Not-So-Hidden Agenda: Strategic and Economic Assessments of U.S. led Invasion in the Middle East
Pre War Analysis, March 19, 2003
I’ve gotten a lot of requests — and some terrific feedback — since Dave Farber mentioned it on his Interesting People list.
For those of you who want to have a better understanding of the more likely reasons we invaded Iraq, pull up a chair and a cup of coffee and have at it:
An abstract is below. Perhaps at some future date we’ll tackle what the potential pitfalls might be of our 10 year, $1 trillion dollar stay in Iraq.
Feel free to post any comments or intelligent criticisms here; If you are shy you can email them (privately).
A strategic assessment of the imminent War and its economic impact, based on “open source” materials. Several unexpected conclusions are reached: First, the explanations offerred by the nation’s leadership for military action is inadequate to explain the US commitment to any invasion. Second, by “reverse engineering” the strategic decision making process, we learn there may indeed be compelling reasons for invading and occupying Iraq.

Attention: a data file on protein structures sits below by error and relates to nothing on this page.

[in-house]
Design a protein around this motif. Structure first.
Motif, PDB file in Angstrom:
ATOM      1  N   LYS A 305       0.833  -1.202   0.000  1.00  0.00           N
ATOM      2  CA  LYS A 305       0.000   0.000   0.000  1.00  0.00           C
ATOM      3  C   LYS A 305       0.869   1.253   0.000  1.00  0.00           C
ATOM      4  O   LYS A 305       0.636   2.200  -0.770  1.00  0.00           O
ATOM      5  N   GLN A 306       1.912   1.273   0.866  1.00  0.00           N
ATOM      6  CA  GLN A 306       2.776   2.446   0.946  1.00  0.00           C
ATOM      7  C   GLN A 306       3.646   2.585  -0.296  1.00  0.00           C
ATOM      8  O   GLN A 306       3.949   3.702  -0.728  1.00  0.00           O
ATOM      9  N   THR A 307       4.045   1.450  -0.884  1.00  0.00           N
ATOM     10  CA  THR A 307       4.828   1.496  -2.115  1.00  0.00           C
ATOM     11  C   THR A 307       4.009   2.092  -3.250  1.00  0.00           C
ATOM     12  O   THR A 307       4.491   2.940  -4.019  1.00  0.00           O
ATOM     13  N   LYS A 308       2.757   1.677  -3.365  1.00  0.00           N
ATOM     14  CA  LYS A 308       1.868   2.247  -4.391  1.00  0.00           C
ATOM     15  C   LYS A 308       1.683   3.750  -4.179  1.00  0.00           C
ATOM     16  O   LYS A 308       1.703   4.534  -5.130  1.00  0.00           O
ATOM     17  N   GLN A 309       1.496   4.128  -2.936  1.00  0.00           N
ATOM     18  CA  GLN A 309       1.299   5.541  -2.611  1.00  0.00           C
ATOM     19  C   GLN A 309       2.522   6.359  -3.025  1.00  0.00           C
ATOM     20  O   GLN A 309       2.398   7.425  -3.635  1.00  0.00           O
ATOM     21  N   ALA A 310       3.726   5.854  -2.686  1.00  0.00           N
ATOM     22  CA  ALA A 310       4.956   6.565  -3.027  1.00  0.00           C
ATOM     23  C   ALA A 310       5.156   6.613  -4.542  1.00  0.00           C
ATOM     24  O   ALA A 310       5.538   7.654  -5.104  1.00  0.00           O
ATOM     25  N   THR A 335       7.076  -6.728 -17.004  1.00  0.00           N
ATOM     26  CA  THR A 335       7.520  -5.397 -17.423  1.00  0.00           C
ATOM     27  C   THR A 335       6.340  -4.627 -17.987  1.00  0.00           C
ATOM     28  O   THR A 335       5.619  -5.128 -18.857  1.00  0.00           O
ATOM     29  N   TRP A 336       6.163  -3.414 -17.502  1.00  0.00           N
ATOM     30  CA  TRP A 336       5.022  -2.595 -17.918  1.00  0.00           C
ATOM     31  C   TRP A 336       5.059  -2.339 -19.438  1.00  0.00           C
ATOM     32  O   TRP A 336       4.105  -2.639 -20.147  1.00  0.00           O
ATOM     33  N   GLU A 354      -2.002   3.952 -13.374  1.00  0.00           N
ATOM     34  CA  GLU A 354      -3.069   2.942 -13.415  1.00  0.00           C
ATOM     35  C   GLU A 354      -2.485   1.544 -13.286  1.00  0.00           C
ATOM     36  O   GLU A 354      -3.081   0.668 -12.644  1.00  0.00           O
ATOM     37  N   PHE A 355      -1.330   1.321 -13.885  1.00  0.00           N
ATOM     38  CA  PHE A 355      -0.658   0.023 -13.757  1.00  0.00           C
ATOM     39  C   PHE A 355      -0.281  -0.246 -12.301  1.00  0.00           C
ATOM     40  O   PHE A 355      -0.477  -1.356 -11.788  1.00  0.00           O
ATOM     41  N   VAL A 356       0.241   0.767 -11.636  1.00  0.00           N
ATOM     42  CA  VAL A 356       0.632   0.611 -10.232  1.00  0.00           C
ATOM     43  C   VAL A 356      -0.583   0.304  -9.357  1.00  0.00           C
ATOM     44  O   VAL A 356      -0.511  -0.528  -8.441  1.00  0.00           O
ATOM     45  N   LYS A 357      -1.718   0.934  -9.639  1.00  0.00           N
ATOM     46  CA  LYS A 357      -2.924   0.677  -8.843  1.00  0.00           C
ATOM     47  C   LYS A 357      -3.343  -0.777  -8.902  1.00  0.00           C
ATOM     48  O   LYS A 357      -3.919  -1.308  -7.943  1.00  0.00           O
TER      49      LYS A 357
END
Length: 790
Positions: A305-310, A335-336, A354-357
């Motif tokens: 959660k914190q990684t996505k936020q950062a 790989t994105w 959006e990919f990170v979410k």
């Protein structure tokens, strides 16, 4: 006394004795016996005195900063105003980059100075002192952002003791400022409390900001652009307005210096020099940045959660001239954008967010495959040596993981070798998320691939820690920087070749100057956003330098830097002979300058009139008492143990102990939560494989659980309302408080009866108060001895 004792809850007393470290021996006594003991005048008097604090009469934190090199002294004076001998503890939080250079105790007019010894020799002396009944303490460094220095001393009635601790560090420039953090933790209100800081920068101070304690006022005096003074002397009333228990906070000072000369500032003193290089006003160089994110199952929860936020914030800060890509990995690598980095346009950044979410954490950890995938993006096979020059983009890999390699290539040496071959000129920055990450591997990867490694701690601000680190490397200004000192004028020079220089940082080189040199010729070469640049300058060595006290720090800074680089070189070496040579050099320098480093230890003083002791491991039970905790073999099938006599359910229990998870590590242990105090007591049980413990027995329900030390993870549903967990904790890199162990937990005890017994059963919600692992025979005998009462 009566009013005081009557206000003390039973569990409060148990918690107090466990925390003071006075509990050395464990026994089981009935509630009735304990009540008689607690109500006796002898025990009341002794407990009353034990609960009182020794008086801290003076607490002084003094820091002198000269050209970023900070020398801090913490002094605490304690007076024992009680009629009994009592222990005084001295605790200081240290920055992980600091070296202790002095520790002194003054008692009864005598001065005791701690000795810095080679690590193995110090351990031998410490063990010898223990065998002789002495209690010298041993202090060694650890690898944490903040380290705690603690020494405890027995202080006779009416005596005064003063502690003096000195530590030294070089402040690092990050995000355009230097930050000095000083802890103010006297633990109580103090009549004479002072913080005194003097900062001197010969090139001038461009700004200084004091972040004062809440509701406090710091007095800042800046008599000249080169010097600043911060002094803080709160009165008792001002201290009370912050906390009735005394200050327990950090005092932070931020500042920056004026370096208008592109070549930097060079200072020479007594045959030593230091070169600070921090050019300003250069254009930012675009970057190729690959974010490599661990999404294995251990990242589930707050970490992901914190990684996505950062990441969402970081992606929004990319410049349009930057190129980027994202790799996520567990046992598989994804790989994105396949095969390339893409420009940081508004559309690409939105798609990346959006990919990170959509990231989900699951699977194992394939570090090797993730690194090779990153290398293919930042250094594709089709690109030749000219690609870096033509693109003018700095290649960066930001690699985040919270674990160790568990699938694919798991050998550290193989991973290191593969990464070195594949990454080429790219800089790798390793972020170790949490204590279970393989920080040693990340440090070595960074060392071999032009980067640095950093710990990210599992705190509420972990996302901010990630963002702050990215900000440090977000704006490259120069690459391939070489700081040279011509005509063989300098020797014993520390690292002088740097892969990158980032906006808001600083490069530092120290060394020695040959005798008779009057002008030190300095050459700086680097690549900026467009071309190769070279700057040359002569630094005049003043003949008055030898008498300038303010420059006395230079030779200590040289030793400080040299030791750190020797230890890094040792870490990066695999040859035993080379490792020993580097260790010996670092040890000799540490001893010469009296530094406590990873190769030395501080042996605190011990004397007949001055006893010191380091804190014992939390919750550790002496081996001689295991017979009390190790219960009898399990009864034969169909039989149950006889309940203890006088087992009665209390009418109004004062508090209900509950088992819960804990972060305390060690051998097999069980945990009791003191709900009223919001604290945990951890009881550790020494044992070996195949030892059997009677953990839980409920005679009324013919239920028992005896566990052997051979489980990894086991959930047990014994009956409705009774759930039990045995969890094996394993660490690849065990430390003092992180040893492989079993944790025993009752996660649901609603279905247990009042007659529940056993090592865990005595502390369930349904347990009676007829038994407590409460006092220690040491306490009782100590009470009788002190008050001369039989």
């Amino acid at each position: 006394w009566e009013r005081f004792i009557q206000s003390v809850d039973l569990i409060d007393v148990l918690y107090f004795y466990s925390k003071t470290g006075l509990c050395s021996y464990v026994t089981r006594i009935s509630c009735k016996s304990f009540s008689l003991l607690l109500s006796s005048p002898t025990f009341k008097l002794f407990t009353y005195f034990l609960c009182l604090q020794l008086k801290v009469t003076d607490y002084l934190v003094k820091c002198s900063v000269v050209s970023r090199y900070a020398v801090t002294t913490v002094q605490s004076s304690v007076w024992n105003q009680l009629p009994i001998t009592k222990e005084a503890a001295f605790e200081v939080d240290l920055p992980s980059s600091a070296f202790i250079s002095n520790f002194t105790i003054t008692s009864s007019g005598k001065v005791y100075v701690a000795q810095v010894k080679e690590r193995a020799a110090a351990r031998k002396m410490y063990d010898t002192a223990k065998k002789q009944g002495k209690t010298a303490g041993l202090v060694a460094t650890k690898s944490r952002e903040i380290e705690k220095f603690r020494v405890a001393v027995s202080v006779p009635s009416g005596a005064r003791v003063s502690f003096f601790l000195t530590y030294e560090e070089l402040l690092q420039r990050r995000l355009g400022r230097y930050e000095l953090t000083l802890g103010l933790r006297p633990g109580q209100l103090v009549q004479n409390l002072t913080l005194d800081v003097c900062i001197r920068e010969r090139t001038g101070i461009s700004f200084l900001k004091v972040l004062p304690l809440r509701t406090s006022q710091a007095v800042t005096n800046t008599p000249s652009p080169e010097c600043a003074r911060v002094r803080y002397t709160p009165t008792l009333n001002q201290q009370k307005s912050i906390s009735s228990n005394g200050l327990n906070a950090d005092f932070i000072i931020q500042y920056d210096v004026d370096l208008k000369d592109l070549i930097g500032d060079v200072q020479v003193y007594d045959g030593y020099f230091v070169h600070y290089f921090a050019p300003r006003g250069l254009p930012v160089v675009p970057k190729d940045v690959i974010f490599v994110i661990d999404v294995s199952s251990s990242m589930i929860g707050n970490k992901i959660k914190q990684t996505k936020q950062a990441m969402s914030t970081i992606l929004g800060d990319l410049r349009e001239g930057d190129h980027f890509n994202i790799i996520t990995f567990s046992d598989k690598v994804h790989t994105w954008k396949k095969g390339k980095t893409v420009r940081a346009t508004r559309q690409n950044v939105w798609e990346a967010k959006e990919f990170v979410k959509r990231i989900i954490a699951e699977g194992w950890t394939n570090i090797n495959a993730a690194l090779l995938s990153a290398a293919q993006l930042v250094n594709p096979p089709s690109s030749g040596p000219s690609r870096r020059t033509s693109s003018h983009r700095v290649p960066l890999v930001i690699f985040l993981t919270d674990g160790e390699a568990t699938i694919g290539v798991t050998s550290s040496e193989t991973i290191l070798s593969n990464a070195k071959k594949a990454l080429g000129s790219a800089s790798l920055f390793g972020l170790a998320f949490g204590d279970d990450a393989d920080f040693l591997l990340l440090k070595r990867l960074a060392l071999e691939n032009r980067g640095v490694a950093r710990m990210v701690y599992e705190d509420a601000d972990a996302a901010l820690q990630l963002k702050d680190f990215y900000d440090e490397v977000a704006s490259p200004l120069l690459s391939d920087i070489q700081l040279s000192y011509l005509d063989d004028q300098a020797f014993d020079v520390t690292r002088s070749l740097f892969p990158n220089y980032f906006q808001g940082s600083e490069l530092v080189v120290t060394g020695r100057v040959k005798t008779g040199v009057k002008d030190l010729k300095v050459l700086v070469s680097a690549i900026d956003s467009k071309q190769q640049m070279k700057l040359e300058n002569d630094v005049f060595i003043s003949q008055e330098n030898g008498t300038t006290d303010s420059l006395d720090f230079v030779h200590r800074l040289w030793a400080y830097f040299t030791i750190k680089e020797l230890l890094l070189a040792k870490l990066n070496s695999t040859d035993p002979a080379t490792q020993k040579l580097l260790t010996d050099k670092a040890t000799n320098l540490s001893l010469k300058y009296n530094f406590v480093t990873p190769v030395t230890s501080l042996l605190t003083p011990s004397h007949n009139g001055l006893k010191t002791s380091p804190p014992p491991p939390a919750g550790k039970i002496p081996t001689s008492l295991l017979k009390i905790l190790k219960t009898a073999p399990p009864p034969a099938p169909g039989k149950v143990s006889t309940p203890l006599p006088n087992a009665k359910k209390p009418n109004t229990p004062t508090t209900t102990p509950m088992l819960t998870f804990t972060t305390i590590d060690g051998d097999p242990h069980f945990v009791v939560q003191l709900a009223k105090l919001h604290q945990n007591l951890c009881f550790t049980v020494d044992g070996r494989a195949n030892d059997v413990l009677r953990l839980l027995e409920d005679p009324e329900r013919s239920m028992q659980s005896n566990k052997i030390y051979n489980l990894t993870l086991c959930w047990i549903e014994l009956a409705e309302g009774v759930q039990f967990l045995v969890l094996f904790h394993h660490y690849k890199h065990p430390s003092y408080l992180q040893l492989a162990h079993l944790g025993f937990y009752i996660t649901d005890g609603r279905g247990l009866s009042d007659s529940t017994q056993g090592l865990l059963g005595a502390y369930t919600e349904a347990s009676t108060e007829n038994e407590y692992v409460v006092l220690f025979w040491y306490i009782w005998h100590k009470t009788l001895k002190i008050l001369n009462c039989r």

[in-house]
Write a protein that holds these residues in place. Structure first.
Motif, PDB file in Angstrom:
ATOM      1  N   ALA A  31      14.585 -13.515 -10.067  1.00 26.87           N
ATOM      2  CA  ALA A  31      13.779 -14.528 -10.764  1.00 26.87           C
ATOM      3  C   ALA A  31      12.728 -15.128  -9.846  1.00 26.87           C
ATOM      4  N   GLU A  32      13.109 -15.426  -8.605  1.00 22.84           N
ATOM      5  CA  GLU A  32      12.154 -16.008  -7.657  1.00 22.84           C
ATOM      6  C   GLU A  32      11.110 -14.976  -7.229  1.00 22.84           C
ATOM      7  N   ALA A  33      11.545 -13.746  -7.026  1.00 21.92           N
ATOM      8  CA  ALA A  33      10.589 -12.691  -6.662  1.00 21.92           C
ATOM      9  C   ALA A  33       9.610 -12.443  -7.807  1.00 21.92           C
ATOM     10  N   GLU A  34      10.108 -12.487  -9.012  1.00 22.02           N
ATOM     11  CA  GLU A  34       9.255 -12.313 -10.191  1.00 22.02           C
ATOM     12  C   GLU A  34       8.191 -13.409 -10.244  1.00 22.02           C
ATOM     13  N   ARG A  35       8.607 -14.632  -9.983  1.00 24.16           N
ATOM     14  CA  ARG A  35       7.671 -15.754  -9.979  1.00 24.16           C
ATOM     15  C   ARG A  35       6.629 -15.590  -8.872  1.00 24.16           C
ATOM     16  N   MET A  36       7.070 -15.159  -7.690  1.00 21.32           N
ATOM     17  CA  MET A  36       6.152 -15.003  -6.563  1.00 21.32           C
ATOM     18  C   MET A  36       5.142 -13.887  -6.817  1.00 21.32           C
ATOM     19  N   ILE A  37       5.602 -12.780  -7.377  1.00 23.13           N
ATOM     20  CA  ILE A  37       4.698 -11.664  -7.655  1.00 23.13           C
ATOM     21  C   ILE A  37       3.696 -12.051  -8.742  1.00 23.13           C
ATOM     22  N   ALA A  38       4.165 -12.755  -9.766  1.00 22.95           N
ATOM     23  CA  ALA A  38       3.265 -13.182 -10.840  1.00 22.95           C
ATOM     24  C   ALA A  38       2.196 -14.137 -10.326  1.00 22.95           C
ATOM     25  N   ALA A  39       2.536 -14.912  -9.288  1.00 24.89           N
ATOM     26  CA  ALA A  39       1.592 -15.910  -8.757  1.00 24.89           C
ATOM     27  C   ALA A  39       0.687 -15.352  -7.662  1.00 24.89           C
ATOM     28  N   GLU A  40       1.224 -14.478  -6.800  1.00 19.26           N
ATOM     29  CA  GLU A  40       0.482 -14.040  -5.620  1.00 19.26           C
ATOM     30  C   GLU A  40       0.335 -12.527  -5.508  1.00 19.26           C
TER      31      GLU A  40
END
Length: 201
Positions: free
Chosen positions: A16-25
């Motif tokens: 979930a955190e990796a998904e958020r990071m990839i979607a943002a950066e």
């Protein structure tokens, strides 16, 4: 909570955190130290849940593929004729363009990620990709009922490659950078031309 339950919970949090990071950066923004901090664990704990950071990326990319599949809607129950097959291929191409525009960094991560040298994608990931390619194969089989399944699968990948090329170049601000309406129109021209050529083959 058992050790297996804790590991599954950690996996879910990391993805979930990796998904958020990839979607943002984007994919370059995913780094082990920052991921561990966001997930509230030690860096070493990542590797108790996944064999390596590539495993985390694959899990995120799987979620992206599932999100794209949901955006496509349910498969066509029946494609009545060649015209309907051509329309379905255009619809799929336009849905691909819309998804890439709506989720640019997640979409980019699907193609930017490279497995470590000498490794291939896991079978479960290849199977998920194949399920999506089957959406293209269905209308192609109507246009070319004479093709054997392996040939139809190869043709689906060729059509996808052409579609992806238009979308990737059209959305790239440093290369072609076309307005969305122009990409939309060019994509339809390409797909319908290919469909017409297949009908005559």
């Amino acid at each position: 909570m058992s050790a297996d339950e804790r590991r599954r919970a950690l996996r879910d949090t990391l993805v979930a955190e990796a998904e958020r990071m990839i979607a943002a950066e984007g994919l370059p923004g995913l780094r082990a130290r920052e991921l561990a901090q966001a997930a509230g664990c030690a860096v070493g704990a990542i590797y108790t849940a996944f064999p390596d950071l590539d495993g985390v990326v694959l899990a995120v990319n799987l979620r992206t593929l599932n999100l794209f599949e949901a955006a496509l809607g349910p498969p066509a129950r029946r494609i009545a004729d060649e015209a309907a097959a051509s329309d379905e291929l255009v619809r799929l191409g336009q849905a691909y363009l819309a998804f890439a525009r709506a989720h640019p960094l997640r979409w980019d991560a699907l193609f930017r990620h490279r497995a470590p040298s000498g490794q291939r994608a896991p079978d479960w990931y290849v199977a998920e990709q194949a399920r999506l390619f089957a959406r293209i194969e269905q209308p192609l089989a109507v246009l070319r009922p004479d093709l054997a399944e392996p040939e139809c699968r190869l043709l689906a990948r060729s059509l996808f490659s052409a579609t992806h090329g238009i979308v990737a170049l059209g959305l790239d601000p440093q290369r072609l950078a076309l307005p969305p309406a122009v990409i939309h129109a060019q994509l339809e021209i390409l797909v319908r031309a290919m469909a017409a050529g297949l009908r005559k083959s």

These findings lead to the conclusion that any U.S. military presence in the Middle East is likely to be a large scale, continuing operation. The subsequent occupation of Iraq may last several years, and continue for a decade. The cost for this effort could scale up to one trillion dollars by 2011.
Lastly, we attempt to assess the impact the War will have on the equity and fixed income markets; We also apply those findings to specific market sectors and industries. Finally, we suggest how asset managers may wish to position their portfolios in the months and years ahead.
NOTE: This research piece was originally published via Maxim Group on March 19, 2003. This was prior to my moving my Blog over to Typepad from Geocities sometime in July 2003. It was uploaded here at this chronological posting date for archive reasons on 10/04/04. . .
Please use the comments to demonstrate your own ignorance, unfamiliarity with empirical data and lack of respect for scientific knowledge. Be sure to create straw men and argue against things I have neither said nor implied. If you could repeat previously discredited memes or steer the conversation into irrelevant, off topic discussions, it would be appreciated. Lastly, kindly forgo all civility in your discourse . . . you are, after all, anonymous.